Left hand page: Mouseketeer by Eek-A-Mouse (GREL 65), 1984. Design: Tony McDermott. Photography & tinting: Sue Lanzon. Right hand page: 100 Weight Of Collie Weed by Carlton Livingston (GREL 66), 1984. Design: Tony McDermott. Photography: O’Neil Nanco
Left hand page: Wa-Do-Dem by Eek-A-Mouse (GREL 31), 1981. Design: Tony McDermott.
Right hand page: DJ Clash by Nicodemus / Toyan (GREL 32), 1982. Design: Tony McDermott.
AF: Your work seems to be generally quite informed about the music and the whole scene. Did you used to go to dances?
TM: I used to go to dances regularly enough to know what was going on, certainly in terms of fashion and style. Also, I was living near Vauxhall at the time, so even just on the streets, people were walking past wearing the fashions all day long. I was across the road from Southbank Polytechnic and on the estate I lived on it was all around me. I’d probably gone to dances more regularly in Manchester, though.
AF: Did you ever go to Jamaica to get involved in any of the cover shoots?
TM: No – there were opportunities, but things would always happen at the last minute and I never made it out there.
Left hand page: Fire House Rock by Wailing Souls (GREL 21), 1981 – sleeve design by Tony McDermott.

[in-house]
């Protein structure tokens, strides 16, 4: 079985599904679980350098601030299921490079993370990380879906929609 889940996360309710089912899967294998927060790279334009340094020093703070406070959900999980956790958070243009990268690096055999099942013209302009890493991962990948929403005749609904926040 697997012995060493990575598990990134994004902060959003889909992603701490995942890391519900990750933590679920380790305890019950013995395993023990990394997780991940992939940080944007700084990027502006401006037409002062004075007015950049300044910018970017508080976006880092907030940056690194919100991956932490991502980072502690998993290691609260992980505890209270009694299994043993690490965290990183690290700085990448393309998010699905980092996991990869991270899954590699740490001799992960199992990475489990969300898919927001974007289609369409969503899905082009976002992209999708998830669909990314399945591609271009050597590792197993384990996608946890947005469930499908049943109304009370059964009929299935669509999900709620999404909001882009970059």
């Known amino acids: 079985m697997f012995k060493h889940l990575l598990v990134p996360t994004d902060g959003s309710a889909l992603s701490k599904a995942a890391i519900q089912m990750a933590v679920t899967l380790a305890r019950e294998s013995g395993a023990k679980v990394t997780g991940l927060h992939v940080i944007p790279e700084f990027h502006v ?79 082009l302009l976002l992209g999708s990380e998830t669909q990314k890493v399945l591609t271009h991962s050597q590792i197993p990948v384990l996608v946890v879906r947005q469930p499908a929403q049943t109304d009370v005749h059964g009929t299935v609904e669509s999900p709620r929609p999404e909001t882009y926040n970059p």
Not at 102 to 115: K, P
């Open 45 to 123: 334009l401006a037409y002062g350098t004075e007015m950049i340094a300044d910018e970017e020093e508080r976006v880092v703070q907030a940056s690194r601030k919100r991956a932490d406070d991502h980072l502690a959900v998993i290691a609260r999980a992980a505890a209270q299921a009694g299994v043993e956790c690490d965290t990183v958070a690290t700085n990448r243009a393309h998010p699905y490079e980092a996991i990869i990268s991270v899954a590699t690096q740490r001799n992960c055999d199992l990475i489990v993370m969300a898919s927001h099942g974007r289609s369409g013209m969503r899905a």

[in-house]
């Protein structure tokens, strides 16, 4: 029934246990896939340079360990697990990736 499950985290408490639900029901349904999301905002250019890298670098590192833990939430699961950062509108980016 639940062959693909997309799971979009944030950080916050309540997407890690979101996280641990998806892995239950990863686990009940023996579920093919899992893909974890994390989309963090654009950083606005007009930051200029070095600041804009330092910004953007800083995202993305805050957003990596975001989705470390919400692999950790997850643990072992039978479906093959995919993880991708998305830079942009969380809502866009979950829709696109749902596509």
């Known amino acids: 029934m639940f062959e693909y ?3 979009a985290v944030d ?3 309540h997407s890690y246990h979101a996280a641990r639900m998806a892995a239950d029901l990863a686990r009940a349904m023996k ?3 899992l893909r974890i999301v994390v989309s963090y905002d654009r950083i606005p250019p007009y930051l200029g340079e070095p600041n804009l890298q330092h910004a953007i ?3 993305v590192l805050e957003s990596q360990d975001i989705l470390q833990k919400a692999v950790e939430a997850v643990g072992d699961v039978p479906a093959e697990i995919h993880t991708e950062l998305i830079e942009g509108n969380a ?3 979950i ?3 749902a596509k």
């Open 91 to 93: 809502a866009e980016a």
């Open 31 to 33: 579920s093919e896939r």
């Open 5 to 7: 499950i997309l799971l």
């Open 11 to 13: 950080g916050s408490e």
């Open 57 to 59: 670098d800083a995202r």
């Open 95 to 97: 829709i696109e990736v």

Right hand page: Sons Of Thunder by Dr Alimantado (GREL 22), 1981. Design: Tony McDermott. Photography by Anthony & Marcia
AF: For the albums were you usually sent a rubbish photograph and that’s all you had to work with?
TM: All the time. I think it’s a parallel to the music in a sense – needs must. If somebody sends you a rubbish photograph you just have to work harder. If somebody sends you a brilliant photograph then I tend to want to leave it alone and put minimum typography and design into it. In later years, since the digital era especially, it’s been much more that way. We get much better photographs these days. Sometimes on a project nowadays a photographer will send you three or four hundred photographs of an artist for one project. Talk about going from one extreme to another! But yeah, back then I would receive really poor photographs. Take the Fire House Rock photograph for example (see above spread, left). It was so out of focus, both front and back cover. When we reissued it they rang me about it from the printers to say: “You do realise that photo’s out of focus, don’t you?” I said: “It’s been out of focus for thirty years, don’t worry about it!” But I wouldn’t want to offend the photographers. Sometimes they were working under really difﬁcult conditions. I mean, I’ve set up photo sessions where I’ve spent days getting it ready and had everybody on board from stylist, to make-up, to all kinds of stuff and the artist will turn up and say: “You’ve got ten minutes.” These are artists who don’t see the need to be photographed, they think it’s a waste of time… it’s a power play really. They have an attitude, a bit like in the punk era, that the labels are a necessary evil, to be tolerated at best. So the notion that the shoot’s set up by the label, again they’re like: “Well I’m going to give you the bare minimum cooperation I can.” And that’s usually because the advance hasn’t been paid yet!
Above left: The Very Best Of Wailing Souls (GREL 99), 1987. Design: Tony McDermott. Photography: Eye & Eye.